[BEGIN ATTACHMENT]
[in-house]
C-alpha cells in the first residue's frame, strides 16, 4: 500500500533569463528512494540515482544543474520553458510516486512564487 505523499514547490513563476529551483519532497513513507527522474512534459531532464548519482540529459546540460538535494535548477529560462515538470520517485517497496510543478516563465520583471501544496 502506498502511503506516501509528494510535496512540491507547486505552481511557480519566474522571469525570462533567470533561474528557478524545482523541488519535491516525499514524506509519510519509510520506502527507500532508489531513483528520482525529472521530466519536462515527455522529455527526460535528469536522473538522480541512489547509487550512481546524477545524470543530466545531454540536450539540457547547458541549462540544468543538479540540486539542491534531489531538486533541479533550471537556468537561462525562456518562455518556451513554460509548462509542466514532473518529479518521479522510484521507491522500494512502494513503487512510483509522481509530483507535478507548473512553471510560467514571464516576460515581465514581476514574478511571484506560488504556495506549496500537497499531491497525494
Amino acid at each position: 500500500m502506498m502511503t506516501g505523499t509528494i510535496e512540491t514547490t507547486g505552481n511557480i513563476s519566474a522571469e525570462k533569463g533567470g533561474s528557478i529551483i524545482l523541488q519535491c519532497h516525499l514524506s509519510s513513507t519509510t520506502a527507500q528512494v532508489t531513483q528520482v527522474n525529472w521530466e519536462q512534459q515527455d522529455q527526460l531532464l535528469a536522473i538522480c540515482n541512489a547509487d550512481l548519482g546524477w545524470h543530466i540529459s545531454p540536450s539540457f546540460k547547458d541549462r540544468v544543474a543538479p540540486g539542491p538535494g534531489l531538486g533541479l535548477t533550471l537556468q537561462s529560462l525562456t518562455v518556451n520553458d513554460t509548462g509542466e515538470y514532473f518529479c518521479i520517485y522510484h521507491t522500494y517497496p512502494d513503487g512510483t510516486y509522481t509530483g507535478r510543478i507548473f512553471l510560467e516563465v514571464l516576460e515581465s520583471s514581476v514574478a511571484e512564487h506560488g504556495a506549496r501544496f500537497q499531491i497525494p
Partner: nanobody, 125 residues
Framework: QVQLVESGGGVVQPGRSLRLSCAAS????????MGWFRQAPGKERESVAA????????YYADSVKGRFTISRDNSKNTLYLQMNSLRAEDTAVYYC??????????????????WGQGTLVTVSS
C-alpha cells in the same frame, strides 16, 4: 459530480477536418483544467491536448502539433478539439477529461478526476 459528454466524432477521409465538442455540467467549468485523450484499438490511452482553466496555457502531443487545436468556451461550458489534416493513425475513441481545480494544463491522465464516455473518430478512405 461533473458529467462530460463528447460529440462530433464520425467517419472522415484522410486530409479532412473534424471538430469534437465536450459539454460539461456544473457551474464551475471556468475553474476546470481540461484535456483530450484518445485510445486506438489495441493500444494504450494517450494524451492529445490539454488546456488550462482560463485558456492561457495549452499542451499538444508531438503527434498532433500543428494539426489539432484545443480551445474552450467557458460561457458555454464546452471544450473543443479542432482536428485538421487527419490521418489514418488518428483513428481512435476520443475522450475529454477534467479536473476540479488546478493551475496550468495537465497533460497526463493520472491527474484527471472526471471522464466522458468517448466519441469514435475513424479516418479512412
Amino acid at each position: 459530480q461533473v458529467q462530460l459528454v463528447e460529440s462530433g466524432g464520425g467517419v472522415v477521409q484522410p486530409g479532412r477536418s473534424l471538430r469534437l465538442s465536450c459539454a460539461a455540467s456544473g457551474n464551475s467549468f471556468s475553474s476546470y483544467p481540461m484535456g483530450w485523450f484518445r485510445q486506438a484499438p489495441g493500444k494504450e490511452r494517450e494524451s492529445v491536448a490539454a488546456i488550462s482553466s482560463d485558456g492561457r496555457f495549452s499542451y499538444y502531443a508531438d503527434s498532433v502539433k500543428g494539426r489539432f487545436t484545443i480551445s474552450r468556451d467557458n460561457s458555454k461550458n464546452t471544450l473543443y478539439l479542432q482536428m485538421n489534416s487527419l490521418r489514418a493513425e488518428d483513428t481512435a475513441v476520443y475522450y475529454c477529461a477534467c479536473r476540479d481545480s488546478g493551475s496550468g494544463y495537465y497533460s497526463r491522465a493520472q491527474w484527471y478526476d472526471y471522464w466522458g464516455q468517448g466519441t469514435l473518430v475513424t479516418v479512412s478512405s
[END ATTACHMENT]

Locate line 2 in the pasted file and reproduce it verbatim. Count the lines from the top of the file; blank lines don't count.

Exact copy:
C-alpha cells in the first residue's frame, strides 16, 4: 500500500533569463528512494540515482544543474520553458510516486512564487 505523499514547490513563476529551483519532497513513507527522474512534459531532464548519482540529459546540460538535494535548477529560462515538470520517485517497496510543478516563465520583471501544496 502506498502511503506516501509528494510535496512540491507547486505552481511557480519566474522571469525570462533567470533561474528557478524545482523541488519535491516525499514524506509519510519509510520506502527507500532508489531513483528520482525529472521530466519536462515527455522529455527526460535528469536522473538522480541512489547509487550512481546524477545524470543530466545531454540536450539540457547547458541549462540544468543538479540540486539542491534531489531538486533541479533550471537556468537561462525562456518562455518556451513554460509548462509542466514532473518529479518521479522510484521507491522500494512502494513503487512510483509522481509530483507535478507548473512553471510560467514571464516576460515581465514581476514574478511571484506560488504556495506549496500537497499531491497525494